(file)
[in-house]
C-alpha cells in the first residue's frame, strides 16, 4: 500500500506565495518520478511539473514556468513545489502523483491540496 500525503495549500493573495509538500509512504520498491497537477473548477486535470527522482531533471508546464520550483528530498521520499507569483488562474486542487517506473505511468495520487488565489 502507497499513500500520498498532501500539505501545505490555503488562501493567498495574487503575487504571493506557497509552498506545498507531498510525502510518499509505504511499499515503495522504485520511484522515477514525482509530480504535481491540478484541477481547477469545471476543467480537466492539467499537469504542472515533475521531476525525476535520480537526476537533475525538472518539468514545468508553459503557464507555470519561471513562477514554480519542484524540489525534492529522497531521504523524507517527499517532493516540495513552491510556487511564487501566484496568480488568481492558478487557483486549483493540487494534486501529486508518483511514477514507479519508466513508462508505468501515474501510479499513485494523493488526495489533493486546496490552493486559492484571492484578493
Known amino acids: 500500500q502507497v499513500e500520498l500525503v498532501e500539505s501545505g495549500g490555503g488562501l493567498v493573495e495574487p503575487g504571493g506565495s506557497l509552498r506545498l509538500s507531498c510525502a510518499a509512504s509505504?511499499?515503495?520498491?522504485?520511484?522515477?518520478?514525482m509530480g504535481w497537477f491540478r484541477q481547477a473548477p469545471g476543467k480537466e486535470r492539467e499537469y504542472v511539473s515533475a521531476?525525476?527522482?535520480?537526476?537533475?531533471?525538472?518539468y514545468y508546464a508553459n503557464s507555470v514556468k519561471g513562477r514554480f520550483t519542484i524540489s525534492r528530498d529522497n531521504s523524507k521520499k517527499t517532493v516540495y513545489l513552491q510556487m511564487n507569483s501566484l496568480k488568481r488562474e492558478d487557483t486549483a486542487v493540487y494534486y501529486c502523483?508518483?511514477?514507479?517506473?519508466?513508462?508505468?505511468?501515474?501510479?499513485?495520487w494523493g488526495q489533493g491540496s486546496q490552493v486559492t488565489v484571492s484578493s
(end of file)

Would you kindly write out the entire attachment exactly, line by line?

[in-house]
C-alpha cells in the first residue's frame, strides 16, 4: 500500500506565495518520478511539473514556468513545489502523483491540496 500525503495549500493573495509538500509512504520498491497537477473548477486535470527522482531533471508546464520550483528530498521520499507569483488562474486542487517506473505511468495520487488565489 502507497499513500500520498498532501500539505501545505490555503488562501493567498495574487503575487504571493506557497509552498506545498507531498510525502510518499509505504511499499515503495522504485520511484522515477514525482509530480504535481491540478484541477481547477469545471476543467480537466492539467499537469504542472515533475521531476525525476535520480537526476537533475525538472518539468514545468508553459503557464507555470519561471513562477514554480519542484524540489525534492529522497531521504523524507517527499517532493516540495513552491510556487511564487501566484496568480488568481492558478487557483486549483493540487494534486501529486508518483511514477514507479519508466513508462508505468501515474501510479499513485494523493488526495489533493486546496490552493486559492484571492484578493
Known amino acids: 500500500q502507497v499513500e500520498l500525503v498532501e500539505s501545505g495549500g490555503g488562501l493567498v493573495e495574487p503575487g504571493g506565495s506557497l509552498r506545498l509538500s507531498c510525502a510518499a509512504s509505504?511499499?515503495?520498491?522504485?520511484?522515477?518520478?514525482m509530480g504535481w497537477f491540478r484541477q481547477a473548477p469545471g476543467k480537466e486535470r492539467e499537469y504542472v511539473s515533475a521531476?525525476?527522482?535520480?537526476?537533475?531533471?525538472?518539468y514545468y508546464a508553459n503557464s507555470v514556468k519561471g513562477r514554480f520550483t519542484i524540489s525534492r528530498d529522497n531521504s523524507k521520499k517527499t517532493v516540495y513545489l513552491q510556487m511564487n507569483s501566484l496568480k488568481r488562474e492558478d487557483t486549483a486542487v493540487y494534486y501529486c502523483?508518483?511514477?514507479?517506473?519508466?513508462?508505468?505511468?501515474?501510479?499513485?495520487w494523493g488526495q489533493g491540496s486546496q490552493v486559492t488565489v484571492s484578493s